Artist Spotlight: Erastus Sailsbury Field

While interning with the Joseph Allen Skinner Museum in South Hadley, MA, I became fascinated with a painting on dispaly at the Mount Holyoke College Art Museum. Located in a permanent gallery, the piece was of a little girl holding a book. The background features a landscape scene with a lake, with a draped column on the left. The girl seems to greet you, her gaze warm. The straight lines of her dress and the detail on the fringe suggest a steady painter’s hand while the attention and care with the facial expression and eyes indicates an observant and careful creator. From the Skinner collection, this oil on canvas dates from about 1835 and is by Massachusettes artist Erastus Sailsbury Field.

What do you think of this piece?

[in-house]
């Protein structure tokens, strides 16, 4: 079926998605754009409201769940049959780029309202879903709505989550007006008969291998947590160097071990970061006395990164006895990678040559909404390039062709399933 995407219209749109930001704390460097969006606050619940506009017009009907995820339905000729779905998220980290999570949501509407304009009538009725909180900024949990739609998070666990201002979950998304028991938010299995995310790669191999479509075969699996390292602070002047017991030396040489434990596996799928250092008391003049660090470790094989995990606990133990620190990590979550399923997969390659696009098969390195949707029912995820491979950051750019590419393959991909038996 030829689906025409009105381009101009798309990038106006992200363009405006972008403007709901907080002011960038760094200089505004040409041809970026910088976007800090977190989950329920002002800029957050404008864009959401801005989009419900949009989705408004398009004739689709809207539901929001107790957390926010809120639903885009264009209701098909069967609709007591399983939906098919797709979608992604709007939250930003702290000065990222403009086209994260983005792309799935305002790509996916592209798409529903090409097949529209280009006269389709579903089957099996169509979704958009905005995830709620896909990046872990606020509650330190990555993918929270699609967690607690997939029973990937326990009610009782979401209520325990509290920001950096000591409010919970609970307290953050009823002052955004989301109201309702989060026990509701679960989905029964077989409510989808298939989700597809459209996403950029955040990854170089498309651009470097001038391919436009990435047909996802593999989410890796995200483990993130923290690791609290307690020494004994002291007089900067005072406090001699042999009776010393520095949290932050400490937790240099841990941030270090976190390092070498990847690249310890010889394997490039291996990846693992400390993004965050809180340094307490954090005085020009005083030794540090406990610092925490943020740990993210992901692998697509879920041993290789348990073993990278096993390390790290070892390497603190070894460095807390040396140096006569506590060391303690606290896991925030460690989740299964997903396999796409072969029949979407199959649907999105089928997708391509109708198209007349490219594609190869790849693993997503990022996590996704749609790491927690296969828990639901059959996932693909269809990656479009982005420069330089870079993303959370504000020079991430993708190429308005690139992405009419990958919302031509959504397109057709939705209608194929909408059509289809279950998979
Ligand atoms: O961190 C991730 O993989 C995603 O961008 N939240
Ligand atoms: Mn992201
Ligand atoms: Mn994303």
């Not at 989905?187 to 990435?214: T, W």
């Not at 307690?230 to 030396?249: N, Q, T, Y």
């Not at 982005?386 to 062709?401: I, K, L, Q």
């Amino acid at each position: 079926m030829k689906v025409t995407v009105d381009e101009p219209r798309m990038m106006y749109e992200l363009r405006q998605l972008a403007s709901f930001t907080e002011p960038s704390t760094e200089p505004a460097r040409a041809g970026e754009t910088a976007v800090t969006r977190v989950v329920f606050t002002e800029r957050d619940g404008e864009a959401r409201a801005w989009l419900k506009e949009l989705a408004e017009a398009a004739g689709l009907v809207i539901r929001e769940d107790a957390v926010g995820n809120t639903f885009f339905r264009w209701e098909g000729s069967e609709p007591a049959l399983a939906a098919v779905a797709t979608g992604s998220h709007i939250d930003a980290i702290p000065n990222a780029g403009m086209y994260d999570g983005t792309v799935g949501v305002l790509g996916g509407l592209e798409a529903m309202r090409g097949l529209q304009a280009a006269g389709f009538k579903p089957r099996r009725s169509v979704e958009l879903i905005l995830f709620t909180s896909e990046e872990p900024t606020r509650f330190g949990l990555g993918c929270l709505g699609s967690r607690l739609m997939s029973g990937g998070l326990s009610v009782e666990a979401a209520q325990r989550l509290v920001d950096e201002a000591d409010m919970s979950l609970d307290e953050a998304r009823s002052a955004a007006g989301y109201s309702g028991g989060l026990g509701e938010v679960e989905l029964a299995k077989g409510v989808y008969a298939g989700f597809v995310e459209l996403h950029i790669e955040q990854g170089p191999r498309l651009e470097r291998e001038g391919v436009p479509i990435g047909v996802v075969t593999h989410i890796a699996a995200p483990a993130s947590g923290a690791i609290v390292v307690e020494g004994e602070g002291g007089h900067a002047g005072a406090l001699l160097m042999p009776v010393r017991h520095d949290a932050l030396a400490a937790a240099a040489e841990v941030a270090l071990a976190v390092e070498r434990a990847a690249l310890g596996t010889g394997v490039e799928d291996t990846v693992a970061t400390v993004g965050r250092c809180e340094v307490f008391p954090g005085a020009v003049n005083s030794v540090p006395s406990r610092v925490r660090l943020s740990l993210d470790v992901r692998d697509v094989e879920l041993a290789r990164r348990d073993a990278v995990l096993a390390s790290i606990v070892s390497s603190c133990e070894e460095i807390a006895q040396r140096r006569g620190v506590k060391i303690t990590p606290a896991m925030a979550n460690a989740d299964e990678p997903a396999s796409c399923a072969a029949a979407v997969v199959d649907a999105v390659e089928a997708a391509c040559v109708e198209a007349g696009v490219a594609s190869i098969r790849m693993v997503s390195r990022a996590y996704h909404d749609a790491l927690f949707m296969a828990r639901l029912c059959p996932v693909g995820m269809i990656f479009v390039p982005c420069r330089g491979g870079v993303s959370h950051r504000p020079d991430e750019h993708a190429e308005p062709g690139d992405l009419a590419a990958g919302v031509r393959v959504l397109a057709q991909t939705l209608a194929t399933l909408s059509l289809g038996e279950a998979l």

Born in 1805 in Leverett, MA, Erastus Sailsbury Field spent much of his life in Massachusetts. The National Gallery of Art details that with an early interest in art, Field moved to New York in the 1820s to study with Samuel B.F. Morse. With a natural talent, Field spent much of his time painting portraits and landscapes, and was known for his quick and precise work.

The artist married and had one child, a daughter. Field integrated changing technology as he worked, utilizing evolving camera technology such as the daguerreotype to capture a sitter’s image. He would use this image as he finalized painting a portrait. Adoptive, resourceful, and industrious, Field created a small studio in Sunderland, MA.

By the time of his death in 1900, Field had produced over three hundred paintings. In addition to portraits and landscapes, Field’s work also includes many historical and biblical scenes. I was grateful to encounter this artist’s work while living in Massachusetts!

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